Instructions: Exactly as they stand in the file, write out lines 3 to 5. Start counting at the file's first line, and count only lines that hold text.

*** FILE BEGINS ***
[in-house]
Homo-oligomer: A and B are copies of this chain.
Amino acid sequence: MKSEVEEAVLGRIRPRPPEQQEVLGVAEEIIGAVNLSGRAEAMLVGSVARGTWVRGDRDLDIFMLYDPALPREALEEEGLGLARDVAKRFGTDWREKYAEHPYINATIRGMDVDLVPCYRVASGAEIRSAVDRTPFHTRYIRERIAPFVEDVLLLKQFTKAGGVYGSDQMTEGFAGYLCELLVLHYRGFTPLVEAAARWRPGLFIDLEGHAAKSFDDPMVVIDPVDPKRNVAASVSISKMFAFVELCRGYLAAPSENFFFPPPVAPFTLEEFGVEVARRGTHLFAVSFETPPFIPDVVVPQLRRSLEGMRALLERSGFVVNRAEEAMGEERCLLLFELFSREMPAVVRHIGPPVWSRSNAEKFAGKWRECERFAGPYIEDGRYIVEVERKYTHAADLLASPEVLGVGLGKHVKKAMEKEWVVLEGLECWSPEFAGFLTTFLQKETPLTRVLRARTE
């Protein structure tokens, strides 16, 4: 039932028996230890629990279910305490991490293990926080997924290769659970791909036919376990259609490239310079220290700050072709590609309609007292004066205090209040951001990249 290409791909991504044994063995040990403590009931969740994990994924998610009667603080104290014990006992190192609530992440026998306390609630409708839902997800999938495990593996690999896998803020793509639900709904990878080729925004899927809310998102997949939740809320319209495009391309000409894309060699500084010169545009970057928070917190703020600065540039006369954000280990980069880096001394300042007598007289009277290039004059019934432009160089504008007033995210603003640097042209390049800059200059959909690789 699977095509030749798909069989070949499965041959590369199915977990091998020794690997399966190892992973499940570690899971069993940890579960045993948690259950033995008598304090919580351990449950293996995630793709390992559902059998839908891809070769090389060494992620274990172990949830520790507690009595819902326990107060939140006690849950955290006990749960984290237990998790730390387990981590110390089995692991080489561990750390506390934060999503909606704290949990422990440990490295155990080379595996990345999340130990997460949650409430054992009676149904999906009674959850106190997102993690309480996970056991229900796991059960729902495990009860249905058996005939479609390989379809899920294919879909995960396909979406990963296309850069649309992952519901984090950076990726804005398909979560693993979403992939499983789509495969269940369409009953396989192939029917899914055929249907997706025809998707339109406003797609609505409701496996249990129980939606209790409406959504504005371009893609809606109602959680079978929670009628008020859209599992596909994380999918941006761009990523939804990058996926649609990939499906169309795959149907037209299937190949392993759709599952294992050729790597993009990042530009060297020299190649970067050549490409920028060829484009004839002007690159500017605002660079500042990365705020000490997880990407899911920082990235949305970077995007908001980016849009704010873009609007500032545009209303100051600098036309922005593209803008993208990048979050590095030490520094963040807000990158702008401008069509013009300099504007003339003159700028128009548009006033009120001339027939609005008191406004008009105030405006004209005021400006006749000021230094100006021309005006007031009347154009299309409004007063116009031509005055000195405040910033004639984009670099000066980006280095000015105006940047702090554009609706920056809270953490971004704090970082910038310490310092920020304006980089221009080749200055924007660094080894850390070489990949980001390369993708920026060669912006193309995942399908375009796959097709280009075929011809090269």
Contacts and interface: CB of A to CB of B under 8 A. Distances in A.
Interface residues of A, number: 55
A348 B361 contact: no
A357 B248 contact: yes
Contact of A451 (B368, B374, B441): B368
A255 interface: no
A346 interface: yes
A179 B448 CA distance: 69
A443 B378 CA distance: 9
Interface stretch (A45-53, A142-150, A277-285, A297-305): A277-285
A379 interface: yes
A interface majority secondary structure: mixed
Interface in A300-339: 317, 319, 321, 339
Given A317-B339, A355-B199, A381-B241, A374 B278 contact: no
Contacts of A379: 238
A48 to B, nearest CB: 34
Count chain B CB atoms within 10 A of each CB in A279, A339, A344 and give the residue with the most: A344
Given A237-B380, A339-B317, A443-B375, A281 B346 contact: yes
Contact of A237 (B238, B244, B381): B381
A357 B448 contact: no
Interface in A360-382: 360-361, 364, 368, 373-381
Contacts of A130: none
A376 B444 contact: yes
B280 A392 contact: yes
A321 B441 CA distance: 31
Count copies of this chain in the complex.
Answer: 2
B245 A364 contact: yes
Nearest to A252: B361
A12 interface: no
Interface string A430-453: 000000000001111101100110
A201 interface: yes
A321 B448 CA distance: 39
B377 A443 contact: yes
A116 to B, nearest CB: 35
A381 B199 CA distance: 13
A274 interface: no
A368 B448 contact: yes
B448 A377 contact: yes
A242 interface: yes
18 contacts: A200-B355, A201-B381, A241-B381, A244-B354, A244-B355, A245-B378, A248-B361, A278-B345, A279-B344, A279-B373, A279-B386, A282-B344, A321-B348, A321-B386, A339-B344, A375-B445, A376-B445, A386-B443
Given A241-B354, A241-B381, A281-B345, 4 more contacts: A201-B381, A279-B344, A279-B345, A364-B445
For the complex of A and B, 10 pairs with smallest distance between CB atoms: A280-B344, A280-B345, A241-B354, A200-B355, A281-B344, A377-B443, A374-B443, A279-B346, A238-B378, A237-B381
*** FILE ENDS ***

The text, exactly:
Amino acid sequence: MKSEVEEAVLGRIRPRPPEQQEVLGVAEEIIGAVNLSGRAEAMLVGSVARGTWVRGDRDLDIFMLYDPALPREALEEEGLGLARDVAKRFGTDWREKYAEHPYINATIRGMDVDLVPCYRVASGAEIRSAVDRTPFHTRYIRERIAPFVEDVLLLKQFTKAGGVYGSDQMTEGFAGYLCELLVLHYRGFTPLVEAAARWRPGLFIDLEGHAAKSFDDPMVVIDPVDPKRNVAASVSISKMFAFVELCRGYLAAPSENFFFPPPVAPFTLEEFGVEVARRGTHLFAVSFETPPFIPDVVVPQLRRSLEGMRALLERSGFVVNRAEEAMGEERCLLLFELFSREMPAVVRHIGPPVWSRSNAEKFAGKWRECERFAGPYIEDGRYIVEVERKYTHAADLLASPEVLGVGLGKHVKKAMEKEWVVLEGLECWSPEFAGFLTTFLQKETPLTRVLRARTE
């Protein structure tokens, strides 16, 4: 039932028996230890629990279910305490991490293990926080997924290769659970791909036919376990259609490239310079220290700050072709590609309609007292004066205090209040951001990249 290409791909991504044994063995040990403590009931969740994990994924998610009667603080104290014990006992190192609530992440026998306390609630409708839902997800999938495990593996690999896998803020793509639900709904990878080729925004899927809310998102997949939740809320319209495009391309000409894309060699500084010169545009970057928070917190703020600065540039006369954000280990980069880096001394300042007598007289009277290039004059019934432009160089504008007033995210603003640097042209390049800059200059959909690789 699977095509030749798909069989070949499965041959590369199915977990091998020794690997399966190892992973499940570690899971069993940890579960045993948690259950033995008598304090919580351990449950293996995630793709390992559902059998839908891809070769090389060494992620274990172990949830520790507690009595819902326990107060939140006690849950955290006990749960984290237990998790730390387990981590110390089995692991080489561990750390506390934060999503909606704290949990422990440990490295155990080379595996990345999340130990997460949650409430054992009676149904999906009674959850106190997102993690309480996970056991229900796991059960729902495990009860249905058996005939479609390989379809899920294919879909995960396909979406990963296309850069649309992952519901984090950076990726804005398909979560693993979403992939499983789509495969269940369409009953396989192939029917899914055929249907997706025809998707339109406003797609609505409701496996249990129980939606209790409406959504504005371009893609809606109602959680079978929670009628008020859209599992596909994380999918941006761009990523939804990058996926649609990939499906169309795959149907037209299937190949392993759709599952294992050729790597993009990042530009060297020299190649970067050549490409920028060829484009004839002007690159500017605002660079500042990365705020000490997880990407899911920082990235949305970077995007908001980016849009704010873009609007500032545009209303100051600098036309922005593209803008993208990048979050590095030490520094963040807000990158702008401008069509013009300099504007003339003159700028128009548009006033009120001339027939609005008191406004008009105030405006004209005021400006006749000021230094100006021309005006007031009347154009299309409004007063116009031509005055000195405040910033004639984009670099000066980006280095000015105006940047702090554009609706920056809270953490971004704090970082910038310490310092920020304006980089221009080749200055924007660094080894850390070489990949980001390369993708920026060669912006193309995942399908375009796959097709280009075929011809090269």
Contacts and interface: CB of A to CB of B under 8 A. Distances in A.